Mobile phone tool that detects breast cancer wins innovation award

Mobile phone tool that detects breast cancer wins innovation award

Dotplot - Image James Dyson Awards

A mobile phone tool that detects breast cancer and which could save the lives of many women has won a James Dyson Award for innovation.

Announced on Wednesday, September 7, the “Dotplot” is the brainchild of Debra Babalola and Shefali Bohra.

Recent innovation design engineering graduates from the Imperial College London and the Royal College of Art, the pair founded Dotplot after Ms Bohra discovered an unusual lump in her breast after a gym workout. Thankfully the lump turned out to be harmless but it did get the pair thinking.

They said: “We just started to talk to clinicians and we spoke to loads of women.  

“We realised that women are looking for a way that not only tells them what has to be done but also teaches them how and why breast self-checks and supposed to be conducted.”

Ms Babalola added: “We’re not replacing medical professionals, we are enabling women to be confident in the self-checks they are doing.”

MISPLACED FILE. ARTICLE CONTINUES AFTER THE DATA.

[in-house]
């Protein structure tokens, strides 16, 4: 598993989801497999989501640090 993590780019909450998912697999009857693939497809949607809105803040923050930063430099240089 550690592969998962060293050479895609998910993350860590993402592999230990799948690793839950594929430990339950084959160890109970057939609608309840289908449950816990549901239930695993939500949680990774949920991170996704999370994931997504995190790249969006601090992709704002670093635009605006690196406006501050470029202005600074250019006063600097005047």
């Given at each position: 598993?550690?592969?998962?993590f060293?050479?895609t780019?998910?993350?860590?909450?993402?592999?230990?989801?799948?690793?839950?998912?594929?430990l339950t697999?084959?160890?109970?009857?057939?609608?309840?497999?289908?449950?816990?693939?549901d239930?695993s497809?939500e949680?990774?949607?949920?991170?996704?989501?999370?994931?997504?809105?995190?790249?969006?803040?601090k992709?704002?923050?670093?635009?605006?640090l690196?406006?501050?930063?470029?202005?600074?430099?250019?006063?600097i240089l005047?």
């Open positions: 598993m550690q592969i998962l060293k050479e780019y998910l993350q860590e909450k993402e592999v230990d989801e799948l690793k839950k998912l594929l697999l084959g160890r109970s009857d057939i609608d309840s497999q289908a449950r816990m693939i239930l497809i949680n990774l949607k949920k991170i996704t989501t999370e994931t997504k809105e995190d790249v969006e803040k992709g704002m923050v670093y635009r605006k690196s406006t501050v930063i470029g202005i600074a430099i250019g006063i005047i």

They stress that the Dotplot, the mobile phone tool, is no substitute for the doctor but rather that the tool helps women to monitor their own health better, by regularly checking and monitoring physiological changes.

This they say is important as many women do not know how to check or do not carry out examinations regularly, despite breast cancer being the second most common cause of cancer death in the UK.

How does the tool work?

Users build a personalised picture of their physique using a mobile phone app. They then hold the Dotplot device to their chest where it undertakes a scan not dissimilar to a standard mammogram or ultrasound.

The device still has to undergo full regulatory device checks before it will be made available, however, the pair are confident that approval will be forthcoming.

Breast cancer detection

Cancer survival is all about early detection and this tool could be a game changer, with the chances of surviving stage one breast cancer 95 per cent. That drops to around 25 per cent by stage four.

Although breast cancer kills more than 11,000 women across the UK every year, around two-thirds of women aged under 35 do not regularly undertake self-examinations according to Cancer Research UK and CoppaFeel.

The innovation award

The Dotplot will now be entered into the international Dyson Award competition, with winners announced in mid-November. The award is a prestigious one, with 20 per cent of the winners going on to commercialise their inventions.

A mobile phone tool that detects breast cancer is a game changer, that will hopefully reach the market before too long.

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Written by

Peter McLaren-Kennedy

Originally from South Africa, Peter is based on the Costa Blanca and is a web reporter for the Euro Weekly News covering international and Spanish national news. Got a news story you want to share? Then get in touch at